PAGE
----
# this is nana's .xsession file to pop open a big font for this damn thing.
# the xset stops auto repeat of the keys if you uncomment it.
#xset -r
xsetroot -solid pink
xclock -geometry -0+0 &
xterm -geometry 52x18+0+0 -fn 12x24 -T "Nana's mc Editor" -e mc -c &
exec twm


     This is the one to work on.

# this huge font can even be seen by Nana at 1024 x 768
TitleFont "-adobe-courier-bold-r-normal--24-240-75-75-m-150-iso8859-1"
MenuFont "-adobe-courier-bold-r-normal--24-240-75-75-m-150-iso8859-1"
IconFont "-adobe-courier-bold-r-normal--24-240-75-75-m-150-iso8859-1"
IconManagerFont "-adobe-courier-bold-r-normal--24-240-75-75-m-150-iso8859-1"
# random placement will plunk down a program for you, no fiddling
# this will show you the program icons with a Control-s, Control-h to hide it
# you can try out the keyboard controls here, but it is tricky
"s"     = c : root|window : f.showiconmgr
"h"     = c : root|window : f.hideiconmgr
# the 3rd button is a right-click in the title bar to maximize a window
Button3 = : title : f.fullzoom
# the menu can have more menus inside it, but write them separately.
# good menu choice descriptions beat cryptic one word codes every time 
menu "defops"
"Twm Command Menu"      f.title
"New Window"    f.menu  "window"
"Kill a Window" f.destroy
""              f.nop
"Quit Xsession" f.quit
""              f.nop
"Grab a HTML Browser"  f.menu "browser"
menu "window"
"New 8x16 Font Window"  f.exec "xterm -geometry +0+10 -fn 8x16 &"
"New HUGE Font Window"  f.exec "xterm &"
"New Editor Window" f.exec "xterm -fn 8x16 -e mc -c &"
# the Nana calls mc the editor, so why quibble?
menu "browser"
"Big Old Arena Window" f.exec "arena -lens 2 &"
"tiny arena window" f.exec "arena &"
"Huge Font lynx" f.exec "xterm -e lynx &"
"tiny lynx window" f.exec "xterm -fn 8x16 -e lynx &"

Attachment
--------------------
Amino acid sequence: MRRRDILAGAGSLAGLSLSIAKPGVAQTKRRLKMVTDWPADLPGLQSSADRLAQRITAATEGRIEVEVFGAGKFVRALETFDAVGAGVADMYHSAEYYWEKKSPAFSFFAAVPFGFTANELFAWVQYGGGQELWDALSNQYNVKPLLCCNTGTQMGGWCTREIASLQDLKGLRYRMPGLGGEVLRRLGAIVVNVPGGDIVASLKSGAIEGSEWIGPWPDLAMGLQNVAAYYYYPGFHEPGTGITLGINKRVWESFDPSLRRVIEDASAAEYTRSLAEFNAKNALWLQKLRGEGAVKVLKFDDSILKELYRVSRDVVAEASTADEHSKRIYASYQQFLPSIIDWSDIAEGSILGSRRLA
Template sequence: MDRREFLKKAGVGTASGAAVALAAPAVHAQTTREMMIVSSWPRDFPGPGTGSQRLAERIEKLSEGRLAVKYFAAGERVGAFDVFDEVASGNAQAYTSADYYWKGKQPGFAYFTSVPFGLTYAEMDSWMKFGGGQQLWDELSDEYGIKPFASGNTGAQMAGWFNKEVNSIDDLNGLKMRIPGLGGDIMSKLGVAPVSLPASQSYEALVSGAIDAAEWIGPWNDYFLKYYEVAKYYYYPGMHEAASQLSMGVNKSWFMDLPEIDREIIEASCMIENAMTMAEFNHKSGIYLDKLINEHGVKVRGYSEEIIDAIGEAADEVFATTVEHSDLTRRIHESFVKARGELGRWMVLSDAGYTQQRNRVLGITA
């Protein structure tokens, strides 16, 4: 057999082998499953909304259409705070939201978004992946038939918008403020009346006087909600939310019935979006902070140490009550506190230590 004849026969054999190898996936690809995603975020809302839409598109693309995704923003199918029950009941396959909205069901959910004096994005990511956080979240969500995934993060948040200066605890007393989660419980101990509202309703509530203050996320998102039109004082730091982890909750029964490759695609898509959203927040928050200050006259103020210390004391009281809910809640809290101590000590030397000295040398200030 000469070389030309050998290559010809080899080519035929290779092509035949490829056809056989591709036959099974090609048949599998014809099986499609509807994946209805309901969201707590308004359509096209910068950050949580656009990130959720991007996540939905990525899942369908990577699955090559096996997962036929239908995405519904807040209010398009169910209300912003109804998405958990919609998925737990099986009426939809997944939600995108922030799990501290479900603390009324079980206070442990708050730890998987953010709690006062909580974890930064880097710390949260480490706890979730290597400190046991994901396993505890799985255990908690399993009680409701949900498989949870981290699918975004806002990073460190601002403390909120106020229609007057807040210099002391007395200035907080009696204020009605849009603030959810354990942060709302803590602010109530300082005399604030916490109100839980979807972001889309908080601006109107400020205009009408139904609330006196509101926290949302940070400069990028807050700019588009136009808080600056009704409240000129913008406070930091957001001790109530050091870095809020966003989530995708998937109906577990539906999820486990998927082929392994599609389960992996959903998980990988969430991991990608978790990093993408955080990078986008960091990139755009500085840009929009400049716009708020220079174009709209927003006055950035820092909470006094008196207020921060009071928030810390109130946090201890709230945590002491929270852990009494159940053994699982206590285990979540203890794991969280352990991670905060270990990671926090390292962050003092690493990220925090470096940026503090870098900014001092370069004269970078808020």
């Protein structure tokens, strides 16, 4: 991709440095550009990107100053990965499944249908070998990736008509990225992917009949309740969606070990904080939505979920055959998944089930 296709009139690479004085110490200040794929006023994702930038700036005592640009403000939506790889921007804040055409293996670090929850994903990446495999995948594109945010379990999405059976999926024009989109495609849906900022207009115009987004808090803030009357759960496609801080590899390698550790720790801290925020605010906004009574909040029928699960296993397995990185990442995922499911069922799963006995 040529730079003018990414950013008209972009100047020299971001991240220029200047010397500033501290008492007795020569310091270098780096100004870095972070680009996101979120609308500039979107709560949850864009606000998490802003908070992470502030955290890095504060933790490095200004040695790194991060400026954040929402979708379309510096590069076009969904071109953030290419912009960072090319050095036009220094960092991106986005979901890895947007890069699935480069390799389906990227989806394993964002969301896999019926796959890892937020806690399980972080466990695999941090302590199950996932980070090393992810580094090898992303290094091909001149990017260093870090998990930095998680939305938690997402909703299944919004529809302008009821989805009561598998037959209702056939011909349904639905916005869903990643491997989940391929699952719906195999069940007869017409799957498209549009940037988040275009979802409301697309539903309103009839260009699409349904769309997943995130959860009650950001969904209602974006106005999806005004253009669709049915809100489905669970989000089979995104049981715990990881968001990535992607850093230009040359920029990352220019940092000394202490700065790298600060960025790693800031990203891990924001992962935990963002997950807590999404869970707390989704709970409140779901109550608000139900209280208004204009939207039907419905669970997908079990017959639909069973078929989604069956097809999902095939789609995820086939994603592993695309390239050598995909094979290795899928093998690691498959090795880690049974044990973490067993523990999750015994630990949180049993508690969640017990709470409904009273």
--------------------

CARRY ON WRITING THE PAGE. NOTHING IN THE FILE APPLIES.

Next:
"Internet dial" f.exec "pon &"
"Internet hangup" f.exec "poff &"
# tiny font for Nana is 8x16 but she can read it well at 640x480


     The keyboard is yours to command.

# because the XKEYBOARD extension in the XF86Config file is in use,
# there is no need to edit this. Really.
# However, you can get serious about new keycodes and keysyms here.


     You need a big Nana prompt. To make it even with the left side of the screen, you need to make this prompt in the same size of xterm that the Nana will use. It changes with the font, because the xterm columns and rows change to fit the X root window, especially in 640 x 480.

PS1="Nana: Middle-click the title-bar to see hidden windows;
      Left-click and hold on the pink window to see the menu;
       Your cancel key is Control-C or try Control-Escape;
        Your wipeout X keys are Control-Alt-Backspace;
         \h:\w/Nana's prompt $"
alias mc='mc -c'


     The remote machine will give you this prompt when you login from the internet machine to remotely administer your remote machine. Would you like a Marguerita on the beach while you type?

PS1="\h:\w/Nana's prompt from cyberspace$"

Finding a font

     Going on a font-finding mission is easy enough. You can install the xcontrib package and use xfontsel to see and select your fonts.

     The xfstt is your TrueType font server, very nice. Works best for applications needing scalable fonts. You can use the exact same fonts that you have now on your monopoly machine. Just copy them over.

     Without xfontsel, you can still get your list of fonts with this:

xlsfonts | less

We are going live to chguy.net

     On your screen is a little window called "Debian/GNU Linux". It only shows up when you are at a working xdm login. It is also so darn big that you can read it from across the room. That is the real reason for making a big font setup for your screen. If you have to strain to see the tiny print on your 1024x768 screen, then you can choose the groovy format of your present setup on a bigger screen or you can make an easier-to-read screen.